Recent planned spending for large infrastructure projects, including high-speed rail and other commuter enhancements, have brought into question where funding for our nation's transportation projects should be allocated. Institute of Transportation Studies and Urban Planning professor Brian Taylor recently spoke to NPR's All Things Considered about the topic. Taylor argues that there should be more attention paid to crumbling infrastructure projects that are in desperate need of repair, and less to what he calls "ribbon cutting" projects generally favored by both politicians and the electorate. He stated:
"There is such a crisis to pay for maintaining these things...The question they often ask us is, 'Why are you doing this when you know down the road this is going to entail substantially more costs to rebuild this infrastructure than if we were maintaining it properly now?'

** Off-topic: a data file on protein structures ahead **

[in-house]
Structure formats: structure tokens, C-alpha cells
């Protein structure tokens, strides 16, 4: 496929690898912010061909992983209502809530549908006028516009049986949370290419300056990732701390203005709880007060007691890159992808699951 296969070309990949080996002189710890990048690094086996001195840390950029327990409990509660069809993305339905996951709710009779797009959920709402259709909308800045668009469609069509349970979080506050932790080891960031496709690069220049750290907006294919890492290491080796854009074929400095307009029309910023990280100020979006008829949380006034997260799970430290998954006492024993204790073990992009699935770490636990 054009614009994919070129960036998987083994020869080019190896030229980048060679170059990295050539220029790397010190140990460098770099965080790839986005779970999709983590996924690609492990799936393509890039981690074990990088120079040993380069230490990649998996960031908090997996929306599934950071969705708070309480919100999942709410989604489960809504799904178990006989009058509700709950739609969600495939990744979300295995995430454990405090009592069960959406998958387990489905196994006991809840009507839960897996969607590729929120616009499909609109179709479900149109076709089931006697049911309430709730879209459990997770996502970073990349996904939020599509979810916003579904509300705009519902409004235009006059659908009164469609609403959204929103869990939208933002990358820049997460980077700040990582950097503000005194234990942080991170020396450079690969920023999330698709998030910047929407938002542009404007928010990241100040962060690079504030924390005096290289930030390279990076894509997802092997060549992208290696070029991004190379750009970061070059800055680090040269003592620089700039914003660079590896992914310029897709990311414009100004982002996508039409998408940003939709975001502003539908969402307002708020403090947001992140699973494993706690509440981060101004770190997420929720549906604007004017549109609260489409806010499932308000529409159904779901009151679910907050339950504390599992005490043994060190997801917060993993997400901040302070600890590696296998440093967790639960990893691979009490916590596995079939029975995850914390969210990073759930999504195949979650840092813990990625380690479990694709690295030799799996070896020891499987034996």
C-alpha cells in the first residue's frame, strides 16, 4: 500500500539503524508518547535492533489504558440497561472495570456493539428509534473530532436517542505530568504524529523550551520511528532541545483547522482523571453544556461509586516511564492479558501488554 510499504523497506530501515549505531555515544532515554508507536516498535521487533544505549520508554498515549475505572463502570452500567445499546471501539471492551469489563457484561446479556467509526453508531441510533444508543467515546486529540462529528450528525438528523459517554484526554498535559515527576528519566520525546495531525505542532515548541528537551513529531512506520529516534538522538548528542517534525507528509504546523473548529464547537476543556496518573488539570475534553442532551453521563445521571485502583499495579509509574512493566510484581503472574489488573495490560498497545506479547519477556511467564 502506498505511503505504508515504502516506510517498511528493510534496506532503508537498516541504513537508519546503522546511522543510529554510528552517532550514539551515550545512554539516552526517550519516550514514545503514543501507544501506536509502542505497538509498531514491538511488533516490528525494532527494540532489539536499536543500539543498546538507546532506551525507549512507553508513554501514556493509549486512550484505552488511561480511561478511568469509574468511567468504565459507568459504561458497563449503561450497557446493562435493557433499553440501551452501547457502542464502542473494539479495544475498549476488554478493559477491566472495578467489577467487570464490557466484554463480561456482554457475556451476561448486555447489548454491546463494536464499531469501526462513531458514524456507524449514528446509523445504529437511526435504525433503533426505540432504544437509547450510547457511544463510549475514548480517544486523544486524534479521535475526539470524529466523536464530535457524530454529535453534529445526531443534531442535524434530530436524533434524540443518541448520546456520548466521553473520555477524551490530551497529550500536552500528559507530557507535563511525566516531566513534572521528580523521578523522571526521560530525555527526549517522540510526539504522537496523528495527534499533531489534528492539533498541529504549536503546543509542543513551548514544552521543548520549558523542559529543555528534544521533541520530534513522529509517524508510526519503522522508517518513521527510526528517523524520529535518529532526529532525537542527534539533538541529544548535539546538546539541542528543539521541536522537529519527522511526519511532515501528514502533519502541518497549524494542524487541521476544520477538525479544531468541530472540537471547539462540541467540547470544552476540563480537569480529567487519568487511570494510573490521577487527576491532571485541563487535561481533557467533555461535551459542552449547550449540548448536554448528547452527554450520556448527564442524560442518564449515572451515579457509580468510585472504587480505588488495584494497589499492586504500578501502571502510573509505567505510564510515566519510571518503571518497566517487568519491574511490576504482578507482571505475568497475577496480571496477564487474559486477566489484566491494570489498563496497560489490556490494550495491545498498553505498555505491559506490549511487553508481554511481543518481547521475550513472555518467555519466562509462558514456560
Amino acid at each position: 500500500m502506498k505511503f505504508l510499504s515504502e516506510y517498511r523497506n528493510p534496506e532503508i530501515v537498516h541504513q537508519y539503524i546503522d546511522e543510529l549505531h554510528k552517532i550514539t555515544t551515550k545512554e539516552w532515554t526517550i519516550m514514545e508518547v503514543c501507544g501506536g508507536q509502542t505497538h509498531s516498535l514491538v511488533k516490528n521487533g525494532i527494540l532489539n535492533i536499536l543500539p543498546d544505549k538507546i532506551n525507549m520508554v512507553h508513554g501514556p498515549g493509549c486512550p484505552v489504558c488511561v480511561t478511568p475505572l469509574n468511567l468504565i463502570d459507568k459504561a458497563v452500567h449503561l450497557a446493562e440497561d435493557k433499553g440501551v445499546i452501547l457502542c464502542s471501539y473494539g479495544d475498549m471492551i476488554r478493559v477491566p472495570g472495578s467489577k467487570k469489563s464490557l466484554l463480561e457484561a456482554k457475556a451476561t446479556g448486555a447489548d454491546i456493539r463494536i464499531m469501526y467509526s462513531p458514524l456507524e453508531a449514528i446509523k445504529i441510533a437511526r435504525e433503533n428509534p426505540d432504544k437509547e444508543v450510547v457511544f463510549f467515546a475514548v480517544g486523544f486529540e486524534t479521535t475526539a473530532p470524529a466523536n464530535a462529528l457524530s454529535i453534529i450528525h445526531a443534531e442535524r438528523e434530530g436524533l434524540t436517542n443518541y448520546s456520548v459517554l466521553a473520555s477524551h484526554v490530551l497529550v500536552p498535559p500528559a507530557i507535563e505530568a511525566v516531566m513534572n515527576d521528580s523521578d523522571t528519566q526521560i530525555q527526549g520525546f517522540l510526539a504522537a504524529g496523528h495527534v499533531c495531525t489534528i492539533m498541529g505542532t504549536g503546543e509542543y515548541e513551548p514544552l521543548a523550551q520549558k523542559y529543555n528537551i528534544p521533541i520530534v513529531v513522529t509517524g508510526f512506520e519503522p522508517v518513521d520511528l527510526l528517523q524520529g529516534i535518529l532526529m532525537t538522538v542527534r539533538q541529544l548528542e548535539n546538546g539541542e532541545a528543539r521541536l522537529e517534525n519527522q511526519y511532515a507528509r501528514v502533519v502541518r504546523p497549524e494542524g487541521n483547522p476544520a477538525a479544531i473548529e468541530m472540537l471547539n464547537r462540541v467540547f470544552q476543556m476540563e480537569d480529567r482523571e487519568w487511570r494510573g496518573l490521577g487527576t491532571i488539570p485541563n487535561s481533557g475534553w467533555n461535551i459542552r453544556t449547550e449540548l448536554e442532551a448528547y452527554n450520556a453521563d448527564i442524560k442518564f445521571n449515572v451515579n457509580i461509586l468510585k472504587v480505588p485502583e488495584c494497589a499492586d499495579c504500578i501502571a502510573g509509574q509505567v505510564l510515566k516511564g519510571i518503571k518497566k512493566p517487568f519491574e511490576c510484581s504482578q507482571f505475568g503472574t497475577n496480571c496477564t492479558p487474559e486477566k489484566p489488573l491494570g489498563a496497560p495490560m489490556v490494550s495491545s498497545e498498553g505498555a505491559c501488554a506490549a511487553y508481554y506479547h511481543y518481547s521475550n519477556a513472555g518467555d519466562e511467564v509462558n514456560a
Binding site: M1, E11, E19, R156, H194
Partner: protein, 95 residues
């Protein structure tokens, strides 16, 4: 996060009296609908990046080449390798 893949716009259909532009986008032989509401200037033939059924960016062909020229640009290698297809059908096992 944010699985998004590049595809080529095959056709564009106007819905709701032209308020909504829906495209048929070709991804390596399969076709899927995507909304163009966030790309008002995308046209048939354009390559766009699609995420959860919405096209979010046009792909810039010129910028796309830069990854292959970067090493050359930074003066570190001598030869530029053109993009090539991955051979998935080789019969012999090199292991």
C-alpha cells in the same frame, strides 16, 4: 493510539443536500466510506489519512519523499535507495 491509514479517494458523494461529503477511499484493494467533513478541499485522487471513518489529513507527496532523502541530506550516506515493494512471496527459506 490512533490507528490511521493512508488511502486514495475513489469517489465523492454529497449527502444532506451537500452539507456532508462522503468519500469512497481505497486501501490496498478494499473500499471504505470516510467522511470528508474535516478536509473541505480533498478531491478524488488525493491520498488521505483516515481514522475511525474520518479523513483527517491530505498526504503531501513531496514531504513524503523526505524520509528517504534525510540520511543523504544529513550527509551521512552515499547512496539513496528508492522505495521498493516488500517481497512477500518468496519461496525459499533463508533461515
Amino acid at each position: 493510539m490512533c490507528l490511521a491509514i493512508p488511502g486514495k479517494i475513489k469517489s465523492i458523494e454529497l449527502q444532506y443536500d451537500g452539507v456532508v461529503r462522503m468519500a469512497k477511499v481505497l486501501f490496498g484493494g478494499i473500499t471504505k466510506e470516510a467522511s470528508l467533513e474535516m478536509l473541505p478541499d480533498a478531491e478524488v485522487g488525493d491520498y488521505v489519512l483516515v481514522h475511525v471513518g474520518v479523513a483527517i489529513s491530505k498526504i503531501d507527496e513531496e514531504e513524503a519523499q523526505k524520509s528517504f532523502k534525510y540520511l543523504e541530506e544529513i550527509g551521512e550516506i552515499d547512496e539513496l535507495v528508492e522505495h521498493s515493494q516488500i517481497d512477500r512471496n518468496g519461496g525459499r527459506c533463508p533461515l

The report canvassed the depression-era 478-mile Blue Ridge Parkway to discuss the controversial nature of road building. This covered the staggering cost for developing high-speed rail lines along the eastern seaboard, pacific northwest, and California. Taking into the polarizing nature of transportation funding, Taylor responded that professors aren't sure how to respond without a system that maintains the infrastructure.
Other than to say there's been a growing unwillingness among the electorate to pay for the fees, the tolls and the taxes and the other means to pay for these facilities over time"
Brian Taylor's research centers on transportation policy and planning. His work explores how society pays for transportation systems and how these systems in turn serve the needs of people who, because of low income, disability, location, or age, have lower levels of mobility. Topically, his research examines travel behavior, transportation finance, and politics & planning.